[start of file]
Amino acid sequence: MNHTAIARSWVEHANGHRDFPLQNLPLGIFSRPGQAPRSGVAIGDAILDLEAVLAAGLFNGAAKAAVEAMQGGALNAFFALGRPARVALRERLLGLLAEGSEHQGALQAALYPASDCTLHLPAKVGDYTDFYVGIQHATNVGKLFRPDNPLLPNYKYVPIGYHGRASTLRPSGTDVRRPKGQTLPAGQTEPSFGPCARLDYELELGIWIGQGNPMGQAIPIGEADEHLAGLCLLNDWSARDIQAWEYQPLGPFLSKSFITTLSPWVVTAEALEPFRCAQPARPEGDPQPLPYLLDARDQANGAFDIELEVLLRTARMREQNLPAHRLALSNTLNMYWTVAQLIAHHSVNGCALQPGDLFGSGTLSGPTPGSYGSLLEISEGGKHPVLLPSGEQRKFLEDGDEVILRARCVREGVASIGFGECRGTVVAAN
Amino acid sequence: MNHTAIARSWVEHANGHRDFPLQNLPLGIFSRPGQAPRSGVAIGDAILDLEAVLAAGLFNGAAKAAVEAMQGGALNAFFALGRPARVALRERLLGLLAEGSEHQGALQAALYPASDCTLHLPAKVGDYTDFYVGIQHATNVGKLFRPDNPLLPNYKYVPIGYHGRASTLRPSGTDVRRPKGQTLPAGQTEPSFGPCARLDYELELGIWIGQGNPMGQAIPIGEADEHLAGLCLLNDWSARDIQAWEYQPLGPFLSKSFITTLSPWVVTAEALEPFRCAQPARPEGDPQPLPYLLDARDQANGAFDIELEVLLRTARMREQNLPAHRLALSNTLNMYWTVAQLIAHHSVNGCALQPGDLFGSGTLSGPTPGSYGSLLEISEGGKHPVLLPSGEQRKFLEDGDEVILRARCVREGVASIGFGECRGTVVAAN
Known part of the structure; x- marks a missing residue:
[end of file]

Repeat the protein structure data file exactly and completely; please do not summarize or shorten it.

Amino acid sequence: MNHTAIARSWVEHANGHRDFPLQNLPLGIFSRPGQAPRSGVAIGDAILDLEAVLAAGLFNGAAKAAVEAMQGGALNAFFALGRPARVALRERLLGLLAEGSEHQGALQAALYPASDCTLHLPAKVGDYTDFYVGIQHATNVGKLFRPDNPLLPNYKYVPIGYHGRASTLRPSGTDVRRPKGQTLPAGQTEPSFGPCARLDYELELGIWIGQGNPMGQAIPIGEADEHLAGLCLLNDWSARDIQAWEYQPLGPFLSKSFITTLSPWVVTAEALEPFRCAQPARPEGDPQPLPYLLDARDQANGAFDIELEVLLRTARMREQNLPAHRLALSNTLNMYWTVAQLIAHHSVNGCALQPGDLFGSGTLSGPTPGSYGSLLEISEGGKHPVLLPSGEQRKFLEDGDEVILRARCVREGVASIGFGECRGTVVAAN
Amino acid sequence: MNHTAIARSWVEHANGHRDFPLQNLPLGIFSRPGQAPRSGVAIGDAILDLEAVLAAGLFNGAAKAAVEAMQGGALNAFFALGRPARVALRERLLGLLAEGSEHQGALQAALYPASDCTLHLPAKVGDYTDFYVGIQHATNVGKLFRPDNPLLPNYKYVPIGYHGRASTLRPSGTDVRRPKGQTLPAGQTEPSFGPCARLDYELELGIWIGQGNPMGQAIPIGEADEHLAGLCLLNDWSARDIQAWEYQPLGPFLSKSFITTLSPWVVTAEALEPFRCAQPARPEGDPQPLPYLLDARDQANGAFDIELEVLLRTARMREQNLPAHRLALSNTLNMYWTVAQLIAHHSVNGCALQPGDLFGSGTLSGPTPGSYGSLLEISEGGKHPVLLPSGEQRKFLEDGDEVILRARCVREGVASIGFGECRGTVVAAN
Known part of the structure; x- marks a missing residue: